Who’s a Carer?

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Carer has become a job title, it’s a professional role played by someone who specifically comes into your life and house to care for you in a physical way.  Carer forgets the original verb; it’s about caring, someone who cares about you and for you.  This is what being a carer truly means.

We probably don’t think to count ourselves as carers for spouses or children or parents.  It’s what we do naturally in response to a need because we care.  They may be ill or they may not be.  But we still cook meals, wash clothes and support them through trials, homework and sickness.

Sometimes though those precious ones in our lives do become ill and because we care, we take on even more.  We may be doing all the housework, we may be the ones who become the sole breadwinner, we may be doing more than hand holding, temperature taking and sick bowl providing.  It can be exhausting but we never stop to question why or what we’re doing.  We’d probably be a little bit confused by some bureaucrat trying to label us as ‘carers’.  Um, no I’m his wife.  Yes I have to make sure medicines are taken, forms are filled, appointments are kept, nutrition and diet are carefully maintained, health is carefully assessed and monitored – the list goes on.  But carers, not us!

However it can become an isolating quagmire caring for someone, even though we love them so, so much.  It’s so physically, mentally and emotionally draining.  And we probably don’t even realise how much we’re giving.  We don’t work set hours, we don’t have breaks.  We definitely don’t have the choice of going home at the end of a shift.  It’s never-ending.  Sometimes we can take on too much, we’re human too and we can only do so much.

It’s so important to get help, although ‘help’ can be a vague definition and is sadly too often lacking.  Sometimes though it’s us who have to step forward, surrender and humbly ask for it.  Beg for it.

The beginning of this week was a little intense and as you know, I haven’t been brilliantly well either.  Yet again I found myself at breaking point.  (I’ve seen a lot of breaking points over the years and I know them well, what I don’t quite fathom is how I make it past each time).  Then something magical happened.  Someone, a relative, took me out to dinner, a fast food dinner but all the same.  I was out of the house, I stopped being the person who cared, who supported, who helped and had a few hours of being me.  We chatted and ate.  I didn’t stop loving or caring but I did really appreciate being to able to leave it all behind for a couple of hours.  It was a break.  A blessed break.

I realised something else just now.  The bitter reality of being in a situation where that person who you love so much is ill.  I miss them.  Terribly.  You see, just now, they reappeared.  I hadn’t realised how little I see of them nowadays and how long it’s been.  The joy of meeting up with an old, dear friend.  The bitterness of realising just how much they’re affected by this illness and how much it has changed our lives and relationship.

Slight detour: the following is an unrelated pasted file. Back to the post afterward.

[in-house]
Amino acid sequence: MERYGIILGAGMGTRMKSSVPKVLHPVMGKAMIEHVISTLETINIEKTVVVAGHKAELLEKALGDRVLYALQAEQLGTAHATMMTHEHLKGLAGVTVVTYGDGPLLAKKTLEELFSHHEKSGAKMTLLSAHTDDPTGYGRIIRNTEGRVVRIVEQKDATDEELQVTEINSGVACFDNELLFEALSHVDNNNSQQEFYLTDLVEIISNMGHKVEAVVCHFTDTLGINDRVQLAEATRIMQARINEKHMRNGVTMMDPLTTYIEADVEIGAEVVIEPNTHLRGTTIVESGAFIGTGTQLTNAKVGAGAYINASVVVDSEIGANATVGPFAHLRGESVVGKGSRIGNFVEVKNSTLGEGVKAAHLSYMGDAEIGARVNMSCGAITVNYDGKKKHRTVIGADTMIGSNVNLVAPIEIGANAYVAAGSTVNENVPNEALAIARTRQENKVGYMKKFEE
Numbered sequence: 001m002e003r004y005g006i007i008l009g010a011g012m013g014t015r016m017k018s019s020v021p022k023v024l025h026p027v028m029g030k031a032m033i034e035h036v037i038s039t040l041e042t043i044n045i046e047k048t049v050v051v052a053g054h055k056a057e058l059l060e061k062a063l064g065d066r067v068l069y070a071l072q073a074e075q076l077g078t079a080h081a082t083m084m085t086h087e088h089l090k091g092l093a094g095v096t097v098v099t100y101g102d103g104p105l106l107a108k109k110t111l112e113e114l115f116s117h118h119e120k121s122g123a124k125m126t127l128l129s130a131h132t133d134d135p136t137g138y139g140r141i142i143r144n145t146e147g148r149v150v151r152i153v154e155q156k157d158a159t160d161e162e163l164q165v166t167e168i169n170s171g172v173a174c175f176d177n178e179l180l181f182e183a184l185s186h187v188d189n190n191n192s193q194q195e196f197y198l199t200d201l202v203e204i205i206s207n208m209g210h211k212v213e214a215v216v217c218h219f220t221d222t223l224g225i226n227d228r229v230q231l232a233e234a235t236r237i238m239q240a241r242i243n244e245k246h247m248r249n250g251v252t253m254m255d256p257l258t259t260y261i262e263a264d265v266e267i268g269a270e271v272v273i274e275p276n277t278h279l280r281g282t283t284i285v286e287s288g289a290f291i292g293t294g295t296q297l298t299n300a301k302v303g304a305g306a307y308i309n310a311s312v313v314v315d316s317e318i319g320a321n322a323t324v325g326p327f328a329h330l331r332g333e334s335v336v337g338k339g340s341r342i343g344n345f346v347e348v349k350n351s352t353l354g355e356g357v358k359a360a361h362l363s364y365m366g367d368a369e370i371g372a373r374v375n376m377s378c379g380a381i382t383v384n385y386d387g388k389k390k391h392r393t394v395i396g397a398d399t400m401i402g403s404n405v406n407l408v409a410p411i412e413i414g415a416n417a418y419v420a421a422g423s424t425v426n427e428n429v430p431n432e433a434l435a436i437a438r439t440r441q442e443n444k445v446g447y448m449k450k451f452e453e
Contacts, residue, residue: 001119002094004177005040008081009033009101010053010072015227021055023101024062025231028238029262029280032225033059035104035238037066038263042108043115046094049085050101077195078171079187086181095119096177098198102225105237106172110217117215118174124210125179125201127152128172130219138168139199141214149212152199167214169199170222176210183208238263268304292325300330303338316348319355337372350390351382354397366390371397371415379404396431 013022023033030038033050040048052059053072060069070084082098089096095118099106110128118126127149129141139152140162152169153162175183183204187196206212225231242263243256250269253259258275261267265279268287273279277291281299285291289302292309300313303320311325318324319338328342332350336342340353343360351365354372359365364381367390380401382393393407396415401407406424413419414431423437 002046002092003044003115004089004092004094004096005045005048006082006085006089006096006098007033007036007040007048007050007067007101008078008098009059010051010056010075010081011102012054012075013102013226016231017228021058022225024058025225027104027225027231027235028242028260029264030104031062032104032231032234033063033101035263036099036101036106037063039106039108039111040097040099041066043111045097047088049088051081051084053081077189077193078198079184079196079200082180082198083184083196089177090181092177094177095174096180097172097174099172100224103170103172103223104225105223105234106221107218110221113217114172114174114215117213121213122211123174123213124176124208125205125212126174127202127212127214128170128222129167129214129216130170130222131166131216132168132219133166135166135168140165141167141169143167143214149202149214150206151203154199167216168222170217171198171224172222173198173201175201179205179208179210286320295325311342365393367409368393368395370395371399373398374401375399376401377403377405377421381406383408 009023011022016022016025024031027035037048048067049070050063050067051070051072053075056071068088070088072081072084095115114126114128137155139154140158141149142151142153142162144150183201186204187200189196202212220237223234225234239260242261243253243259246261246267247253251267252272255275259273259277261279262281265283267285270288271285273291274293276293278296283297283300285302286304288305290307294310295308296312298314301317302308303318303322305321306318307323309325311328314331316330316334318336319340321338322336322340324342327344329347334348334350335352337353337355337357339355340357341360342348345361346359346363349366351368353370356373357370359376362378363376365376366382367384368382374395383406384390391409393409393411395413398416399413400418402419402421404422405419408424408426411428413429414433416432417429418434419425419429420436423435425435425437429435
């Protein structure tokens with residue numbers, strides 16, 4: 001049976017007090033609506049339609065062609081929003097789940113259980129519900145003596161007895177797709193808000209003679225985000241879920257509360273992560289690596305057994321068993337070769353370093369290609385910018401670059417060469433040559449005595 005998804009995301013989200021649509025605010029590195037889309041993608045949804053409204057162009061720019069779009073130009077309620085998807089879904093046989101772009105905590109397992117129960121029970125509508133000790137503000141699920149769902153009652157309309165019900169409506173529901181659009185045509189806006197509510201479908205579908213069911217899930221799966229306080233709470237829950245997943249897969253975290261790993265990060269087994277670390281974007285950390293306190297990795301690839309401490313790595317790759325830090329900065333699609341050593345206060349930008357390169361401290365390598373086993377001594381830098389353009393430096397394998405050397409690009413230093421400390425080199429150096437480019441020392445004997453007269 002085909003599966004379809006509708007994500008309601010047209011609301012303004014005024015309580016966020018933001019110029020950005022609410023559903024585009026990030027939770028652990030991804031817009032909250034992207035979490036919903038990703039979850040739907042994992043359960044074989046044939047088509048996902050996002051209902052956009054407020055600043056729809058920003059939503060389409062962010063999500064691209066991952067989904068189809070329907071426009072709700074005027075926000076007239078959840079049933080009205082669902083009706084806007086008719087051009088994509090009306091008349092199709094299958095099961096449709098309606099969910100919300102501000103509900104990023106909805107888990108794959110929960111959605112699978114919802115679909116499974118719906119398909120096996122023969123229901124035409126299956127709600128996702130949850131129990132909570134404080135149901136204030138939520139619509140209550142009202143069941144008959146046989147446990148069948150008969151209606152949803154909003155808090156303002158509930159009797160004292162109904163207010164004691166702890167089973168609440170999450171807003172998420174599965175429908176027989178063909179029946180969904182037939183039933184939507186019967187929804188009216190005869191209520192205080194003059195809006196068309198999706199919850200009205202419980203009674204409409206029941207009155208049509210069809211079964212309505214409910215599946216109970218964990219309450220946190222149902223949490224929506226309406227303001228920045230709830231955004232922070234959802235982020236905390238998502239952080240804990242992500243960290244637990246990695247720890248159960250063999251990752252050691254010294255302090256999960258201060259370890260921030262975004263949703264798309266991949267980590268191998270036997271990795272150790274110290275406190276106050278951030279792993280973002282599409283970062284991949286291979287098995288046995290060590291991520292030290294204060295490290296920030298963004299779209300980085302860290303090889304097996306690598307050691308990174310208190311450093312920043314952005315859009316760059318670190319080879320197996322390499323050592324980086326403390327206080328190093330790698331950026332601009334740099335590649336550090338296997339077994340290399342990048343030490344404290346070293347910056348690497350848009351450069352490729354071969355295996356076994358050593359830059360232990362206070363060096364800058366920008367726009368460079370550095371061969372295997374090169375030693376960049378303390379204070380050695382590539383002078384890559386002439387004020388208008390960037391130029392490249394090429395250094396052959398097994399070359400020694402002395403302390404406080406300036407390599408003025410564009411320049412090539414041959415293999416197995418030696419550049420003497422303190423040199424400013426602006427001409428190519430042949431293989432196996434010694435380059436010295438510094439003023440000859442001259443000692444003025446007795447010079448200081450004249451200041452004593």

But I will go on loving and caring.  Even during those moments when I don’t know how I’m going to go on.

Take a moment to reflect on all those wonderful individuals who, often behind closed doors, care every hour of every day for the ones they love, no questions asked.  You’re probably one of them too.

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15 thoughts on “Who’s a Carer?

  1. Anonymous

    Thank you for any other informative blog. Where else may just I am getting that kind of info written in such a perfect way?

  2. I have a friend who has been a ‘carer’ for her parents and sick husband for the last few years. Both her parents died within the last year, her mother after a long drawn out battle with cancer. What she has endured and how she handled it was truly inspiring. I hope to rise to her standard, and to yours, when I’m needed.

  3. My parents are getting to that point where they’ll have to let their independence go. Unfortunately, they’re stubborn fools who won’t let anyone help. It’s frustrating for me to watch them get frustrated with themselves. I’m afraid that when it comes down to the wire, they still won’t let me help. I’m also terrified I won’t have the strength to help them. The people who sacrificed all their lives for me may not get the same selfless care in return, and it’s a weight that grips my heart like a vice.

    Anyway, I’m here. It’s not much I suppose, but I’m still here, and I still find your words, your posts, your writing stunning and eternal.

    • Thank you for such beautiful words, I treasure the compliments of someone whose writing I hold in high regard. As to the first part, sometimes we just have to find balance and contentment in just doing our best, that has to be enough. But it is so frustrating when people either won’t help themselves or accept the help that they so desperately need. I wish you and your parents well. :)

  4. studia w internecie

    You could certainly see your expertise in the work you write. The world hopes for more passionate writers like you who aren’t afraid to say how they believe. Always go after your heart.

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  6. Kayla Namonkre

    Let people know where the bathrooms are, if where they can buy drinks at the venue, and if there are any other important issues eg parking they should be aware of.

  7. Kimberly Miller from esavfude

    my mobile is other requirements easy going / flexible energetic experience being sole carer for under 3s english as first language, or very strong english skills.

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